Federal Court Ruling: Banks Cannot Foreclose Just Because Surviving Spouse Is Not Named on Reverse Mortgage

In what has been lauded as a groundbreaking ruling, a United States District Court for the District of Columbia recently said that a bank cannot foreclose on a reverse mortgage just because the surviving spouse was not named on the mortgage documents.

In what has been lauded as a groundbreaking ruling, a United States District Court for the District of Columbia recently said that a bank cannot foreclose on a reverse mortgage just because the surviving spouse was not named on the mortgage documents. Bennett v. Donovan, 2013 WL 5442154 (D.D. C. Sept. 30, 2013).

This is a reversal of standard practices. Previously, the Department of Housing and Urban Development (HUD) issued form reverse mortgage documents that gave lenders the right to accelerate the loan (meaning the entire amount became due) upon the death of the spouse who was the solely named borrower on the documents. This meant that if one spouse was not named as a borrower, that spouse had to come up with the entire mortgage amount or else face foreclosure.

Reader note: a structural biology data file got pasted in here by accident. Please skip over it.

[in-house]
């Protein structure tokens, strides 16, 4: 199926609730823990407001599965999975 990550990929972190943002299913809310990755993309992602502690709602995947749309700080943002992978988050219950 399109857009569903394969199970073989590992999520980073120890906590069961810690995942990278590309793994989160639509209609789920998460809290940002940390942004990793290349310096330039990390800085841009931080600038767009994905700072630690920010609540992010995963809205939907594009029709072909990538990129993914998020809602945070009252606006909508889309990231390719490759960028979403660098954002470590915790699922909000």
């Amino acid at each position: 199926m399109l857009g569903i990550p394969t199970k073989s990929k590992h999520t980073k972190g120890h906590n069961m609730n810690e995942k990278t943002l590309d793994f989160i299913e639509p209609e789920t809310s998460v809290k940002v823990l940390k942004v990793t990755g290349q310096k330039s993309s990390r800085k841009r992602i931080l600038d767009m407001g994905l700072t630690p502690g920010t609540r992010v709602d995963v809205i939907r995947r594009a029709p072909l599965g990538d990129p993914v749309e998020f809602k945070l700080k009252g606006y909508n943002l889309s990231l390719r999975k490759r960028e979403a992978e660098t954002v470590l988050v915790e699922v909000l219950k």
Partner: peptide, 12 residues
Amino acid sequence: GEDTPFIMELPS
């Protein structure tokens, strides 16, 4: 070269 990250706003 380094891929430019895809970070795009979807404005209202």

Unfortunately, because of predatory lenders and misinformation, many couples got reverse mortgages in the name of one spouse only (typically the older spouse).

To learn more about this case, including the factual background and the reasoning behind the decision, see Nolo's article New Rule: Spouses Not Named on Reverse Mortgages Are Protected From Foreclosure.